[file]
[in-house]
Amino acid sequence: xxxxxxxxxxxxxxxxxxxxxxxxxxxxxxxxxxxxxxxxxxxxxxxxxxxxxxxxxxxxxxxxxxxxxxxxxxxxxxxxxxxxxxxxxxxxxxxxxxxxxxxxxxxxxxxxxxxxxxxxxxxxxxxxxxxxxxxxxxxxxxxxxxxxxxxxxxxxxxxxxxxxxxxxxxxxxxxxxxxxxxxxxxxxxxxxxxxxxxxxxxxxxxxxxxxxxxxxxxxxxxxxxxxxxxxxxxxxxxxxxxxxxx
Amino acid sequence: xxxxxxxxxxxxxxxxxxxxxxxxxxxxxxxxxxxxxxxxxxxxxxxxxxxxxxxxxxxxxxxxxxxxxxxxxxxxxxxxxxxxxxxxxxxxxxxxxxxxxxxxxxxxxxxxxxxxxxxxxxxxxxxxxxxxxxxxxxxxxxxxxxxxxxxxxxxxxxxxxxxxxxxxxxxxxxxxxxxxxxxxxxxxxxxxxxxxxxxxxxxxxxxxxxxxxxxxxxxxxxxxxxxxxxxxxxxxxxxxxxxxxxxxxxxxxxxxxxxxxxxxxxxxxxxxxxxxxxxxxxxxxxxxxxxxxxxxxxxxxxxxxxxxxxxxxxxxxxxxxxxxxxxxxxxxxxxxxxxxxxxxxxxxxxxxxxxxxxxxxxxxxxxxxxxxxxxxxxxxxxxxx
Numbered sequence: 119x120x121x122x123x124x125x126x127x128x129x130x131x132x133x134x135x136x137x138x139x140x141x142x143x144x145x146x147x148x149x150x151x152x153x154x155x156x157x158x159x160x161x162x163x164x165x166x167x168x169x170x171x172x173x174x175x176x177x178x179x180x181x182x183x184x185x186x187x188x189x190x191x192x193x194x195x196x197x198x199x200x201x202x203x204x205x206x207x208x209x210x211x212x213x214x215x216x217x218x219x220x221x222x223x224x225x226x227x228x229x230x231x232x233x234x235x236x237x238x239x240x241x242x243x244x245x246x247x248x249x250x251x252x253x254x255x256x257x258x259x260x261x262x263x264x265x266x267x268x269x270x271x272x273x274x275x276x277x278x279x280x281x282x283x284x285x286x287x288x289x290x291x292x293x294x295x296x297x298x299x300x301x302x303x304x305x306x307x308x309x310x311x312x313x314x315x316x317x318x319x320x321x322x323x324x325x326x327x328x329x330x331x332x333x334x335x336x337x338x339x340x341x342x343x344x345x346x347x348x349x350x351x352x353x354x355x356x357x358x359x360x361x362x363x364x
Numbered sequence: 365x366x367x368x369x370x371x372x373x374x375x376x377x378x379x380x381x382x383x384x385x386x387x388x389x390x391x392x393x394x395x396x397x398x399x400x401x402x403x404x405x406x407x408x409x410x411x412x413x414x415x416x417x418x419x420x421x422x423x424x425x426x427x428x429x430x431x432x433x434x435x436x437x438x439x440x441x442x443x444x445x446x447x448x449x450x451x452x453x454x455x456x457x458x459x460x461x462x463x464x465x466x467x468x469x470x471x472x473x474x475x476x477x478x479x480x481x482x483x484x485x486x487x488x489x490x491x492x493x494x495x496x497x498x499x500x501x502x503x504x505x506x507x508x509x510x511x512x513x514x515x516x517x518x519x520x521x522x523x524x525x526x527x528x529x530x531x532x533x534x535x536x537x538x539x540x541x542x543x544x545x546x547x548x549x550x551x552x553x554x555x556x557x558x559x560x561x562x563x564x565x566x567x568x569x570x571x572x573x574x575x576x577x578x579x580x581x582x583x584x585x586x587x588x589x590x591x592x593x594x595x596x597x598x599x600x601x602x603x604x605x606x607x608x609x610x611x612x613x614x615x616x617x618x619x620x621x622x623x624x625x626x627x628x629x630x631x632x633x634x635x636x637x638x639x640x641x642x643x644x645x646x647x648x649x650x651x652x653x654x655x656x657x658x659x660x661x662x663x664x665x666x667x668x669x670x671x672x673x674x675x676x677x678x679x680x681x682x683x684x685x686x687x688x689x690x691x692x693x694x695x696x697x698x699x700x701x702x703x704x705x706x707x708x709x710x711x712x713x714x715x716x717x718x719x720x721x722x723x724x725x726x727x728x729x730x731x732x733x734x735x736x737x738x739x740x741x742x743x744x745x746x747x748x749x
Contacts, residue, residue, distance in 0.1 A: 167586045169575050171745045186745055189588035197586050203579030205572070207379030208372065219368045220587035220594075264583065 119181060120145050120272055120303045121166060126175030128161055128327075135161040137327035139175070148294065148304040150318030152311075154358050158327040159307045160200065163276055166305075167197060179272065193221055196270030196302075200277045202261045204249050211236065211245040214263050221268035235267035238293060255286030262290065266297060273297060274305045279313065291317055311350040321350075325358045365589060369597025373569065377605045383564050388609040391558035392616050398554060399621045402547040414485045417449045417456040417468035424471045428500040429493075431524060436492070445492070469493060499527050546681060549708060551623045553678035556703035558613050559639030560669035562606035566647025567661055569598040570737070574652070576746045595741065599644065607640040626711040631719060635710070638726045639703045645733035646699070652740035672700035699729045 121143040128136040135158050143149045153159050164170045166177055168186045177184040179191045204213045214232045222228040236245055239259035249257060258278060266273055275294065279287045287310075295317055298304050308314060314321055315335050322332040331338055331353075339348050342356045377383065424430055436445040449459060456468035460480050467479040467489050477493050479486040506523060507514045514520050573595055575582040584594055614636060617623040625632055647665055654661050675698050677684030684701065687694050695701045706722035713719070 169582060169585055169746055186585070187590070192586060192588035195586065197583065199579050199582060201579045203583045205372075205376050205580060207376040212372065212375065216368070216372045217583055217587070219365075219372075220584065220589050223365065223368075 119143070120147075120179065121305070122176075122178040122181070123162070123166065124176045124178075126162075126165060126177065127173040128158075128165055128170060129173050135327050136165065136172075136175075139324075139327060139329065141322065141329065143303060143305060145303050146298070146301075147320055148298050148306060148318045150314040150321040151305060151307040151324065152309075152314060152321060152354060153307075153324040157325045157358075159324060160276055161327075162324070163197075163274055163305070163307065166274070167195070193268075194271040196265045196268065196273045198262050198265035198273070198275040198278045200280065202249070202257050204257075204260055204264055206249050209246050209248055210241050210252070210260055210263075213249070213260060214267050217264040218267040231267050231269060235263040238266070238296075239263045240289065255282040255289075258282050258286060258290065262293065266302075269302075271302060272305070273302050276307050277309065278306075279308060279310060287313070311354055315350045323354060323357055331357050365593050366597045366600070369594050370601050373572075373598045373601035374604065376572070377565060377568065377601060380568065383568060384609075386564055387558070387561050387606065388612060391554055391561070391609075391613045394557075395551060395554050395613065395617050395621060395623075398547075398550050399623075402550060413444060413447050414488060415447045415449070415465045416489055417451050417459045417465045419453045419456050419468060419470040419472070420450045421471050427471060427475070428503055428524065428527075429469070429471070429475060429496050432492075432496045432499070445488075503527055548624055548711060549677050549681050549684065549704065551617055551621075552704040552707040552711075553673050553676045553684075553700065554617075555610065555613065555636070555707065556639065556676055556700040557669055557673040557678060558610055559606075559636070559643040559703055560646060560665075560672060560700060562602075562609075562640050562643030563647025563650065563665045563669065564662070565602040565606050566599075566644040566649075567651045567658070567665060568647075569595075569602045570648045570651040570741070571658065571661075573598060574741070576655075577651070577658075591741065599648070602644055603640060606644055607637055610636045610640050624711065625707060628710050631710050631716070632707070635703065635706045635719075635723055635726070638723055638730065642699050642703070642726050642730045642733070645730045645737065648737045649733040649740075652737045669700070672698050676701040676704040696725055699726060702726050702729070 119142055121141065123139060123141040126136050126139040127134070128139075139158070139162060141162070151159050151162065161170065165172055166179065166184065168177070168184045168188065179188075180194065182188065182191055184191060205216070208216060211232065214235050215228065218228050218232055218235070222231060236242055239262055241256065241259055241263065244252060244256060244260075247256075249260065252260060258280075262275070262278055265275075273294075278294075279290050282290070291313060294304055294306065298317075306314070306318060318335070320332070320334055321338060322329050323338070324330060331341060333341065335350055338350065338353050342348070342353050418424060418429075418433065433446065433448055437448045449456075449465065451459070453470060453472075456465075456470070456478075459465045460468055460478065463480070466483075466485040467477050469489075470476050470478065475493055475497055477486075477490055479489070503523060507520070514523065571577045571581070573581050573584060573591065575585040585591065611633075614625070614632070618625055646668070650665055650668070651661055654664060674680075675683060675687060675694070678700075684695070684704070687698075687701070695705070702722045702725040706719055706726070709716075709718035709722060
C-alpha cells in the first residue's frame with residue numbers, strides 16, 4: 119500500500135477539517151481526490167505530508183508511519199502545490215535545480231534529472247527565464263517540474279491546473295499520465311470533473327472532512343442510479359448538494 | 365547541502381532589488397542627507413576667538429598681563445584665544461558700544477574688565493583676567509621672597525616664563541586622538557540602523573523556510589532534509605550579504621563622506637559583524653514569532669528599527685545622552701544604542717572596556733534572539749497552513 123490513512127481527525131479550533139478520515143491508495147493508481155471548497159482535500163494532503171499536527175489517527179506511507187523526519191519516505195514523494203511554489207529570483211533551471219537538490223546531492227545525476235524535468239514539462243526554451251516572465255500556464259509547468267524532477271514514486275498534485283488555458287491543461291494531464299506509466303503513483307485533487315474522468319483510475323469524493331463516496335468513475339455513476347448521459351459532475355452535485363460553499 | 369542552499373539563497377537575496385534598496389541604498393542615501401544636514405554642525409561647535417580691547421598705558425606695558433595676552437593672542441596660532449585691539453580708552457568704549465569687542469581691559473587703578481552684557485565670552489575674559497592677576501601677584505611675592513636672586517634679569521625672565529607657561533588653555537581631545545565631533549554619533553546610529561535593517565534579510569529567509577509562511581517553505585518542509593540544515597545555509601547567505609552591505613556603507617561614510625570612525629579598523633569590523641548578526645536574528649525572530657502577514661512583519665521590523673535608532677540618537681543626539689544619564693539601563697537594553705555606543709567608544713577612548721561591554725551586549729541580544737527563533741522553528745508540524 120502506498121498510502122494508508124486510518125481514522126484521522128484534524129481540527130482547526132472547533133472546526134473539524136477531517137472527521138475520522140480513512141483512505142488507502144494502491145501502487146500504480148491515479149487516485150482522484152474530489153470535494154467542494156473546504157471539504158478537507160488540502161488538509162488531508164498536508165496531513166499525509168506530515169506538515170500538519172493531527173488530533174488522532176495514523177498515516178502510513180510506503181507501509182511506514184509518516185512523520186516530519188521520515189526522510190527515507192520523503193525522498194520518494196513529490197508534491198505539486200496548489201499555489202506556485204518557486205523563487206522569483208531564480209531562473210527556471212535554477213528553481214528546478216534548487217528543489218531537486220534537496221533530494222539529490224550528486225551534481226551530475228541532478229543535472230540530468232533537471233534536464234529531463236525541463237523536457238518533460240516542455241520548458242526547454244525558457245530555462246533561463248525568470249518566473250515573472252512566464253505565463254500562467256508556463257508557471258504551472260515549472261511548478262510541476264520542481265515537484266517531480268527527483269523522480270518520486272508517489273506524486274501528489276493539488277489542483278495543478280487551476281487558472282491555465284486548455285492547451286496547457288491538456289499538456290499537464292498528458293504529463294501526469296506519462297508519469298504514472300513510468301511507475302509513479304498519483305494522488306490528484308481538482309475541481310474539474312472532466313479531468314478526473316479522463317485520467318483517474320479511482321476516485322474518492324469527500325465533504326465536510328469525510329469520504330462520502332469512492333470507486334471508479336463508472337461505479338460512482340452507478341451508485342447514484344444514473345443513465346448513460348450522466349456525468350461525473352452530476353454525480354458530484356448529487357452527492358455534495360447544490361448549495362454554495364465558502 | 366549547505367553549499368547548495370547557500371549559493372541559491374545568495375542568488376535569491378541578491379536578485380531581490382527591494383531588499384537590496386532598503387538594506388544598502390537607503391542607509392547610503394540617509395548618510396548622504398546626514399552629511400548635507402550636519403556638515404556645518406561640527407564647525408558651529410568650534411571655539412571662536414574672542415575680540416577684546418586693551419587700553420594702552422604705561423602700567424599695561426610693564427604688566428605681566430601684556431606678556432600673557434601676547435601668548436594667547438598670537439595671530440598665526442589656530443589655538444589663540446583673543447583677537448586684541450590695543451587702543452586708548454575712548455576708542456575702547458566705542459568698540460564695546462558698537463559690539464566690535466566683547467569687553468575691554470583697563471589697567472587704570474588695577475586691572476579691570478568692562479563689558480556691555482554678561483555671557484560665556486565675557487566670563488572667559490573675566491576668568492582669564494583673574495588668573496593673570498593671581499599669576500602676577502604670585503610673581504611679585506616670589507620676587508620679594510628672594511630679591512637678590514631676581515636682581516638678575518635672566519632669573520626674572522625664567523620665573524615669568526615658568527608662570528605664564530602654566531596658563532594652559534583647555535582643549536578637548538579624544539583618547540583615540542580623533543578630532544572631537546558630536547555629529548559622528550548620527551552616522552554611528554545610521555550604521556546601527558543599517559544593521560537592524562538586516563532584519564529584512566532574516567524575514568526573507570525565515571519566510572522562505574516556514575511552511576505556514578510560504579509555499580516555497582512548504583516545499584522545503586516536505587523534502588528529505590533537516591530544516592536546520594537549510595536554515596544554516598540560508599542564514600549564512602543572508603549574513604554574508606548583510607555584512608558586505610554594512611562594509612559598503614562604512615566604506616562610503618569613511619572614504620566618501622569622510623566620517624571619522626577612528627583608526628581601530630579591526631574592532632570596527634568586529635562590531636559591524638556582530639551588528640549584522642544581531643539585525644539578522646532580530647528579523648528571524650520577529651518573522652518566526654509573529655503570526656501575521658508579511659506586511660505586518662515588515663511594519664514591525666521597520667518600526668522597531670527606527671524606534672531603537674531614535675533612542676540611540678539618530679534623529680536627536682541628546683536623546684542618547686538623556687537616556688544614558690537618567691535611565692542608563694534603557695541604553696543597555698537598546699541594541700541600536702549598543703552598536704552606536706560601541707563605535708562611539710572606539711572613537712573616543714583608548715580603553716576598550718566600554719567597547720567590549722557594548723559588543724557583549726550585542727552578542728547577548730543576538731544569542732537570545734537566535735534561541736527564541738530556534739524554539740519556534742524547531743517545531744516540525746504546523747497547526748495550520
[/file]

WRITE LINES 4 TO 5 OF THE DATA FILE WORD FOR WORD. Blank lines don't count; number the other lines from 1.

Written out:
Numbered sequence: 119x120x121x122x123x124x125x126x127x128x129x130x131x132x133x134x135x136x137x138x139x140x141x142x143x144x145x146x147x148x149x150x151x152x153x154x155x156x157x158x159x160x161x162x163x164x165x166x167x168x169x170x171x172x173x174x175x176x177x178x179x180x181x182x183x184x185x186x187x188x189x190x191x192x193x194x195x196x197x198x199x200x201x202x203x204x205x206x207x208x209x210x211x212x213x214x215x216x217x218x219x220x221x222x223x224x225x226x227x228x229x230x231x232x233x234x235x236x237x238x239x240x241x242x243x244x245x246x247x248x249x250x251x252x253x254x255x256x257x258x259x260x261x262x263x264x265x266x267x268x269x270x271x272x273x274x275x276x277x278x279x280x281x282x283x284x285x286x287x288x289x290x291x292x293x294x295x296x297x298x299x300x301x302x303x304x305x306x307x308x309x310x311x312x313x314x315x316x317x318x319x320x321x322x323x324x325x326x327x328x329x330x331x332x333x334x335x336x337x338x339x340x341x342x343x344x345x346x347x348x349x350x351x352x353x354x355x356x357x358x359x360x361x362x363x364x
Numbered sequence: 365x366x367x368x369x370x371x372x373x374x375x376x377x378x379x380x381x382x383x384x385x386x387x388x389x390x391x392x393x394x395x396x397x398x399x400x401x402x403x404x405x406x407x408x409x410x411x412x413x414x415x416x417x418x419x420x421x422x423x424x425x426x427x428x429x430x431x432x433x434x435x436x437x438x439x440x441x442x443x444x445x446x447x448x449x450x451x452x453x454x455x456x457x458x459x460x461x462x463x464x465x466x467x468x469x470x471x472x473x474x475x476x477x478x479x480x481x482x483x484x485x486x487x488x489x490x491x492x493x494x495x496x497x498x499x500x501x502x503x504x505x506x507x508x509x510x511x512x513x514x515x516x517x518x519x520x521x522x523x524x525x526x527x528x529x530x531x532x533x534x535x536x537x538x539x540x541x542x543x544x545x546x547x548x549x550x551x552x553x554x555x556x557x558x559x560x561x562x563x564x565x566x567x568x569x570x571x572x573x574x575x576x577x578x579x580x581x582x583x584x585x586x587x588x589x590x591x592x593x594x595x596x597x598x599x600x601x602x603x604x605x606x607x608x609x610x611x612x613x614x615x616x617x618x619x620x621x622x623x624x625x626x627x628x629x630x631x632x633x634x635x636x637x638x639x640x641x642x643x644x645x646x647x648x649x650x651x652x653x654x655x656x657x658x659x660x661x662x663x664x665x666x667x668x669x670x671x672x673x674x675x676x677x678x679x680x681x682x683x684x685x686x687x688x689x690x691x692x693x694x695x696x697x698x699x700x701x702x703x704x705x706x707x708x709x710x711x712x713x714x715x716x717x718x719x720x721x722x723x724x725x726x727x728x729x730x731x732x733x734x735x736x737x738x739x740x741x742x743x744x745x746x747x748x749x